"...most of the objects in this exhibition, which covers both iconophobia (hating images) and iconoclasm (doing something about hating images: namely, bashing them with something hard, corrosive, explosive or sharp). It is an engrossing lesson in the ways that the clash of ideologies can produce violence and concentrate it on a work of art, like the sun through a magnifying glass."One of the objects on display, though, is anything but a yawn.
Uncomfortable, both as furniture and as the-woman-as-household-object?
But not a yawn.
I'm afraid where much post-Impressionist art is concerned I'm more than a bit of a Philistine. I just Don't Get It. The Portland Art Museum presented an exhibition of the work of an artist that included four vacuum cleaners inside a plastic rectangle and a circular pile of bronze-colored sacks of something that was functionally indistinguishable from a sandbag mortar pit.
The point of the Tate Gallery's exhibition is that artwork like the contorted lady above was once considered anything but laughable - that it was and is at the heart of this clash of ideologies:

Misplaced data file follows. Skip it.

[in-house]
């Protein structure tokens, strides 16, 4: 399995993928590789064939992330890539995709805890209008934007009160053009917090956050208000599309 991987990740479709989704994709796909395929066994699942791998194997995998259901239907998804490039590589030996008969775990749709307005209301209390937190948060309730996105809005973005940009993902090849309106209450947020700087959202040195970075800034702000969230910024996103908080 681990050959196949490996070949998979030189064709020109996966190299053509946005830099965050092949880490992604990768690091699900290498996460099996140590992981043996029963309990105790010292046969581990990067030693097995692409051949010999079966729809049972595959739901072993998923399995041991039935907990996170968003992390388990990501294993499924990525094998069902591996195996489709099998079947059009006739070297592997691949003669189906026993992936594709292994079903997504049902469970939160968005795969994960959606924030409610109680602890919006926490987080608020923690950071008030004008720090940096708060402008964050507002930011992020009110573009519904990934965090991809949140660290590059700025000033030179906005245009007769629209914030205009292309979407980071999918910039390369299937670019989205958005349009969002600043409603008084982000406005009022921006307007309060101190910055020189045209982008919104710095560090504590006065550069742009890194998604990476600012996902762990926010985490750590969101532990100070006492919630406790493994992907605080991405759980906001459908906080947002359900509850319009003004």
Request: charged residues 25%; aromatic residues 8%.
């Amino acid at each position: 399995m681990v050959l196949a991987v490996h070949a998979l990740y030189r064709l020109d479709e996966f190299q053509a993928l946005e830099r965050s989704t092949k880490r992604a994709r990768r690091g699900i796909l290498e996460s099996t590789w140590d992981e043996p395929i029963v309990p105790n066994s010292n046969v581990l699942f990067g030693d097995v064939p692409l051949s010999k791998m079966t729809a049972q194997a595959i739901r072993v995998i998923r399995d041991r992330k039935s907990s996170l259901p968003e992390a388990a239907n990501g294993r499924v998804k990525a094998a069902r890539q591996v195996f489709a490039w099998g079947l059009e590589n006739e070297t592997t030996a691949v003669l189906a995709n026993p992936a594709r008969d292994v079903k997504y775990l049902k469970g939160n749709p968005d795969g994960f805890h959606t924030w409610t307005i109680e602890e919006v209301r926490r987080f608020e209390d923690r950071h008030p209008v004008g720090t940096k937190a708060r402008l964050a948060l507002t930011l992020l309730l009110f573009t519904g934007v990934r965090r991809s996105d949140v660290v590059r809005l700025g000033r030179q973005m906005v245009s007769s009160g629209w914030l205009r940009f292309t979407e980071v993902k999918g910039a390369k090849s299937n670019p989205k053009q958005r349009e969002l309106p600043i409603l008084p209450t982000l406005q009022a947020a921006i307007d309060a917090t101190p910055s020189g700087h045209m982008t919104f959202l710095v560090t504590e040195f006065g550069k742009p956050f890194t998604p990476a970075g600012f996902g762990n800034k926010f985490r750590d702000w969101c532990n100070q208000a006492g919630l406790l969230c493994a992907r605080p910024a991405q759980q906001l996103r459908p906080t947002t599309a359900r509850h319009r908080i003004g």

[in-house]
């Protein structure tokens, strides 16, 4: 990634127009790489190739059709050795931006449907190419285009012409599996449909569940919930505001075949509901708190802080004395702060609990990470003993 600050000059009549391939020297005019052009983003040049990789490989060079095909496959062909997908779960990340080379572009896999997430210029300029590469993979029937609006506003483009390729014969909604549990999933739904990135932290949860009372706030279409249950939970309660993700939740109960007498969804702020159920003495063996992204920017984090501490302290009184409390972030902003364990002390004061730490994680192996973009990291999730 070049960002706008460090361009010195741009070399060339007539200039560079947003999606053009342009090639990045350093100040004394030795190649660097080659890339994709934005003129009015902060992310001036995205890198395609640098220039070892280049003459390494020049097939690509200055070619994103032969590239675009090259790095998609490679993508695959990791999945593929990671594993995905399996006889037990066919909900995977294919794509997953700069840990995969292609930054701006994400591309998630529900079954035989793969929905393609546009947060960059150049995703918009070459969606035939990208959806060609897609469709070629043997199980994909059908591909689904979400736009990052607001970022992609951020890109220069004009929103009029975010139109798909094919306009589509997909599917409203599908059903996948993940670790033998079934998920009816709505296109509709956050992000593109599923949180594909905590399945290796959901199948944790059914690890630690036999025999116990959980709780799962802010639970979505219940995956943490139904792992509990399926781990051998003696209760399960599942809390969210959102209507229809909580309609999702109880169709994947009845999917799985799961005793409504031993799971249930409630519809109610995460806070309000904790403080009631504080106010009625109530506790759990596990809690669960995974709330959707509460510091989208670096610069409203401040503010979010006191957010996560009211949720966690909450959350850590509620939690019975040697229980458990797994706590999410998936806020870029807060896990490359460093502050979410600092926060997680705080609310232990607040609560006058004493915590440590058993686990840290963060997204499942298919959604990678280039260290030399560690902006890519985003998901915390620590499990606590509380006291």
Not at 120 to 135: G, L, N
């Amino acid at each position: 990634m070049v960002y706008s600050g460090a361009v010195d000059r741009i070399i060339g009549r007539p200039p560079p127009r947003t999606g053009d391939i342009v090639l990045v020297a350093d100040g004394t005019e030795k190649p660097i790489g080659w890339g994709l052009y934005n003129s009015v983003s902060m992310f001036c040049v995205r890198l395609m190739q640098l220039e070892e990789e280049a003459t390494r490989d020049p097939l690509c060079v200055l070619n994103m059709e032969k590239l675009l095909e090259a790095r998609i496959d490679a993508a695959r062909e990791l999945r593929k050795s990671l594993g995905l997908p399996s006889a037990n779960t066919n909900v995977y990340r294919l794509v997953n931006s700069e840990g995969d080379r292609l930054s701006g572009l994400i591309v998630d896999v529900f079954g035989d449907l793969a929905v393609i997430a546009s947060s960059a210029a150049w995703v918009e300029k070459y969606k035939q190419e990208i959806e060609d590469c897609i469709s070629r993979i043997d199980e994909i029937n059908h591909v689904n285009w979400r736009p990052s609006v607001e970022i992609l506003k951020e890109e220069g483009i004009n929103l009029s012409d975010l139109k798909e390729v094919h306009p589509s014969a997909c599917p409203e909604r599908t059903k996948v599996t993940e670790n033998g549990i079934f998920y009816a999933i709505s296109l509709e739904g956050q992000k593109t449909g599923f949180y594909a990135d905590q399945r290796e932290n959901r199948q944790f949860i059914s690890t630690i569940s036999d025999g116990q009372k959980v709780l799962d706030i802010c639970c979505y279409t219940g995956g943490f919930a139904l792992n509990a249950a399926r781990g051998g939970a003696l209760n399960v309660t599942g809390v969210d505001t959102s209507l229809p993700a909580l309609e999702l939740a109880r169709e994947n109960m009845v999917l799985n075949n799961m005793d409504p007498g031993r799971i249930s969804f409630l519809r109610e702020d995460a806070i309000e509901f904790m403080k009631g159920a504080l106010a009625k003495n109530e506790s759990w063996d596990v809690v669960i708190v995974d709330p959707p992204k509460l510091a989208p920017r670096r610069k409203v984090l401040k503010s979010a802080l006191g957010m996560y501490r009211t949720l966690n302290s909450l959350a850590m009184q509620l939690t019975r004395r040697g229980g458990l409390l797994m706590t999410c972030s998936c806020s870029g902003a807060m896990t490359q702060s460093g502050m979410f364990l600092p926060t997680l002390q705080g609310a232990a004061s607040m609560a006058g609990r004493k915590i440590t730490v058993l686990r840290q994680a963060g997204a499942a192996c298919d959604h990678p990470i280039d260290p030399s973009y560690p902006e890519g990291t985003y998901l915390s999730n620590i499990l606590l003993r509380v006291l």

"...on 8 March 1986, International Women’s Day, two angry activists poured viscous paint stripper on the face and neck of the figure in Allen Jones’s Chair, a caricature-sexy female lying on her back and forming the base of the eponymous chair. The result looked distressingly like the effects of an acid attack on a real person; one thinks of the awful experience of two young British women in Zanzibar at the hands of Muslim extremists only this summer."That's all very tidily awful but, sadly, I can't look at Plastic Clarisse, the Semi-Nude Chair, and have any other thought than "Gee, the spiky stripper boots sure look like an uncomfortable headrest to me."
I guess I just don't know about Art.